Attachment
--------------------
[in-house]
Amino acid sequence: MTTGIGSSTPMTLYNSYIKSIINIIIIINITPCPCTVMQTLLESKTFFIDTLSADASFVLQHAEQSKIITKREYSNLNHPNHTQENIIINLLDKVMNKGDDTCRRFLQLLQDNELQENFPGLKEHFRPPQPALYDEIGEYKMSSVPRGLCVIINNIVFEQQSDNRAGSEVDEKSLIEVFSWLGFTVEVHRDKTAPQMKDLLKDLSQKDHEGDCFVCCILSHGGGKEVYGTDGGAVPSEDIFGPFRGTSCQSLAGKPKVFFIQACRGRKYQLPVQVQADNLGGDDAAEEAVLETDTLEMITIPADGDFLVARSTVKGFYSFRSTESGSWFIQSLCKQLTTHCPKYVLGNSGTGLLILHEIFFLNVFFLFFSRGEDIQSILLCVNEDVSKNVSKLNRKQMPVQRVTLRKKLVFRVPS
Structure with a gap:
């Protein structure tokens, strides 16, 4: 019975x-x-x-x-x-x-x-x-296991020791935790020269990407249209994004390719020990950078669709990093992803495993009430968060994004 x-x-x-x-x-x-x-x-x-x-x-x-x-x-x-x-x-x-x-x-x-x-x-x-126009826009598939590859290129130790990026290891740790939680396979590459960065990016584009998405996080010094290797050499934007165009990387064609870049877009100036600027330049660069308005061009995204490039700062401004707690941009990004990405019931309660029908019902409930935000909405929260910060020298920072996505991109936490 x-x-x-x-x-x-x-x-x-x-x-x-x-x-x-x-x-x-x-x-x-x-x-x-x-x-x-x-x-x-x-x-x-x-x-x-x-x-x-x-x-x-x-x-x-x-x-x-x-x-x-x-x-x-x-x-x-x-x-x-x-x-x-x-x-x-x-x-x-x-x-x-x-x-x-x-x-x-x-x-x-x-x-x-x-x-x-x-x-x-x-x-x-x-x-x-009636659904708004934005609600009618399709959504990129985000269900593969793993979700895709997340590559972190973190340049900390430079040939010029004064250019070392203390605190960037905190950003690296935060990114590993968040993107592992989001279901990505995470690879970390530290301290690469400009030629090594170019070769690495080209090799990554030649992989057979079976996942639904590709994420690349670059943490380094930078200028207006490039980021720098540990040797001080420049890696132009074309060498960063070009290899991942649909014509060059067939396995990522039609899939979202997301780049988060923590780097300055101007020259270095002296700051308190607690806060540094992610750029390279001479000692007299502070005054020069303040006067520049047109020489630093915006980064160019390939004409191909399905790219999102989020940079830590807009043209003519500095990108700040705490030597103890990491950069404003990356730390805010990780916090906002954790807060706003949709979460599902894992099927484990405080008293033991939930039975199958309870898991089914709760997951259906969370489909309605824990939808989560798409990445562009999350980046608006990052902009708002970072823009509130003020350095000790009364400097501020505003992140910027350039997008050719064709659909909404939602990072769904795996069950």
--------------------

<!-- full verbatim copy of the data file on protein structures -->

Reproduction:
[in-house]
Amino acid sequence: MTTGIGSSTPMTLYNSYIKSIINIIIIINITPCPCTVMQTLLESKTFFIDTLSADASFVLQHAEQSKIITKREYSNLNHPNHTQENIIINLLDKVMNKGDDTCRRFLQLLQDNELQENFPGLKEHFRPPQPALYDEIGEYKMSSVPRGLCVIINNIVFEQQSDNRAGSEVDEKSLIEVFSWLGFTVEVHRDKTAPQMKDLLKDLSQKDHEGDCFVCCILSHGGGKEVYGTDGGAVPSEDIFGPFRGTSCQSLAGKPKVFFIQACRGRKYQLPVQVQADNLGGDDAAEEAVLETDTLEMITIPADGDFLVARSTVKGFYSFRSTESGSWFIQSLCKQLTTHCPKYVLGNSGTGLLILHEIFFLNVFFLFFSRGEDIQSILLCVNEDVSKNVSKLNRKQMPVQRVTLRKKLVFRVPS
Structure with a gap:
């Protein structure tokens, strides 16, 4: 019975x-x-x-x-x-x-x-x-296991020791935790020269990407249209994004390719020990950078669709990093992803495993009430968060994004 x-x-x-x-x-x-x-x-x-x-x-x-x-x-x-x-x-x-x-x-x-x-x-x-126009826009598939590859290129130790990026290891740790939680396979590459960065990016584009998405996080010094290797050499934007165009990387064609870049877009100036600027330049660069308005061009995204490039700062401004707690941009990004990405019931309660029908019902409930935000909405929260910060020298920072996505991109936490 x-x-x-x-x-x-x-x-x-x-x-x-x-x-x-x-x-x-x-x-x-x-x-x-x-x-x-x-x-x-x-x-x-x-x-x-x-x-x-x-x-x-x-x-x-x-x-x-x-x-x-x-x-x-x-x-x-x-x-x-x-x-x-x-x-x-x-x-x-x-x-x-x-x-x-x-x-x-x-x-x-x-x-x-x-x-x-x-x-x-x-x-x-x-x-x-009636659904708004934005609600009618399709959504990129985000269900593969793993979700895709997340590559972190973190340049900390430079040939010029004064250019070392203390605190960037905190950003690296935060990114590993968040993107592992989001279901990505995470690879970390530290301290690469400009030629090594170019070769690495080209090799990554030649992989057979079976996942639904590709994420690349670059943490380094930078200028207006490039980021720098540990040797001080420049890696132009074309060498960063070009290899991942649909014509060059067939396995990522039609899939979202997301780049988060923590780097300055101007020259270095002296700051308190607690806060540094992610750029390279001479000692007299502070005054020069303040006067520049047109020489630093915006980064160019390939004409191909399905790219999102989020940079830590807009043209003519500095990108700040705490030597103890990491950069404003990356730390805010990780916090906002954790807060706003949709979460599902894992099927484990405080008293033991939930039975199958309870898991089914709760997951259906969370489909309605824990939808989560798409990445562009999350980046608006990052902009708002970072823009509130003020350095000790009364400097501020505003992140910027350039997008050719064709659909909404939602990072769904795996069950």